Betel Nut From Sumba

Betel Nut From Sumba (Image courtesy of MacKenzie Davey) – Travel through Sumba and Timor and you can’t avoid the random splodges of red residue that liberally decorate the pavements and bus aisles of this region, or the villagers’ foaming, scarlet mouths.

The substance behind the stain is betel nut, or sirih pinang, a mildly intoxicating stimulant that provides a nicotine-like or espresso-esque buzz and suppresses appetite. It’s also carcinogenic – levels of mouth cancer are very high in societies that use the gear. The nut itself, which is large and oval-shaped, is actually the seed of the graceful betel palm tree.

Chewing betel is a statement of adulthood, and the three parts that make up the ‘mix’ that are chewed together have symbolic meaning. The green stalk of the sirih represents the male, the nut or pinang the female ovaries, and the lime (kapor) the sperm. It’s the lime that causes the characteristic flood of red saliva in the mouth.

Betel nut traditionally played an important role in negotiation and discussion between different clans, and would always be offered to visitors as a gesture of welcome.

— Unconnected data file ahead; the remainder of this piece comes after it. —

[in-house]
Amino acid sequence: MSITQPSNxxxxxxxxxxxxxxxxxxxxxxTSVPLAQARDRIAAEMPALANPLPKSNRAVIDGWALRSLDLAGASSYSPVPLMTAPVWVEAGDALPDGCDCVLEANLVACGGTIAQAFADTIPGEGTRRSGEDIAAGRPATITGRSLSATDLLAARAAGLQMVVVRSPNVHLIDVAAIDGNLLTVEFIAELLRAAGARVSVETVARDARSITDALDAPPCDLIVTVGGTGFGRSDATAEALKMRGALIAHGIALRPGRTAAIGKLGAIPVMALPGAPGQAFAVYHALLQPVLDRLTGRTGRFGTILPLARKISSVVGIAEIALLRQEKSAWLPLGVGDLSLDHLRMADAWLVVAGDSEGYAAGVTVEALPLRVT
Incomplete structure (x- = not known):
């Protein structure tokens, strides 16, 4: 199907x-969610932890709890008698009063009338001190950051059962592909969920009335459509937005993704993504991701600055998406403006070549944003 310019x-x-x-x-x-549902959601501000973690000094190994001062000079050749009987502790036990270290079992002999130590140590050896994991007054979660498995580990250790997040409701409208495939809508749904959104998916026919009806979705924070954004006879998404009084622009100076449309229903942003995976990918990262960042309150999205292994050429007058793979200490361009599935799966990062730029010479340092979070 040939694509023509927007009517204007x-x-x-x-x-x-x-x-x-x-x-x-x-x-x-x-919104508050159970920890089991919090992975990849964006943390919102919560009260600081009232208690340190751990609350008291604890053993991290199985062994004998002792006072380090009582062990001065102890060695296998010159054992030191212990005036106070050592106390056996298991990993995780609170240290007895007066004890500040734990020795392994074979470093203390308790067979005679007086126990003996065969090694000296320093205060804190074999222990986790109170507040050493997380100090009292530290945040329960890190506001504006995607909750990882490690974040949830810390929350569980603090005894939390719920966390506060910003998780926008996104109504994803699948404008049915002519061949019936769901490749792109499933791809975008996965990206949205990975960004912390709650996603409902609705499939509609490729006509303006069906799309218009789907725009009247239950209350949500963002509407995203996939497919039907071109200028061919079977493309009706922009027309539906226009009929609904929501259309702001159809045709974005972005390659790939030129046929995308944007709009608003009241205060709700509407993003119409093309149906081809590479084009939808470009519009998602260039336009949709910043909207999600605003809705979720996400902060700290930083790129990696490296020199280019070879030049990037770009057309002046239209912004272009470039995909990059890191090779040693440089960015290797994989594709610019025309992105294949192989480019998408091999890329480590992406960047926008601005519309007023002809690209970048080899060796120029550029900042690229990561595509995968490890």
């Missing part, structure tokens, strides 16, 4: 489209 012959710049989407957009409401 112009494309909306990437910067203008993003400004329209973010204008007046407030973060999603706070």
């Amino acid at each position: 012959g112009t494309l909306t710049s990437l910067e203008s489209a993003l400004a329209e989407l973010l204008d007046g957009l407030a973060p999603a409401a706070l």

If you’re offered betel nut, it’s best not to refuse it – just put a little in your pocket, or give it a go. Unless you’ve been masticating sirih for years, it’s highly likely you’ll find it absolutely vile: its flavour is very bitter and its consistency gritty.

Betel nut also creates an amazing amount of saliva, so get your gobbing head on as it’s certainly not something that you’ll want to swallow.

If you do make an effort, you’ll find that sirih-chewing is a great way to interact with the locals, and you’re sure to elicit cackles of delight from the old ladies.

Happy Green Travels!

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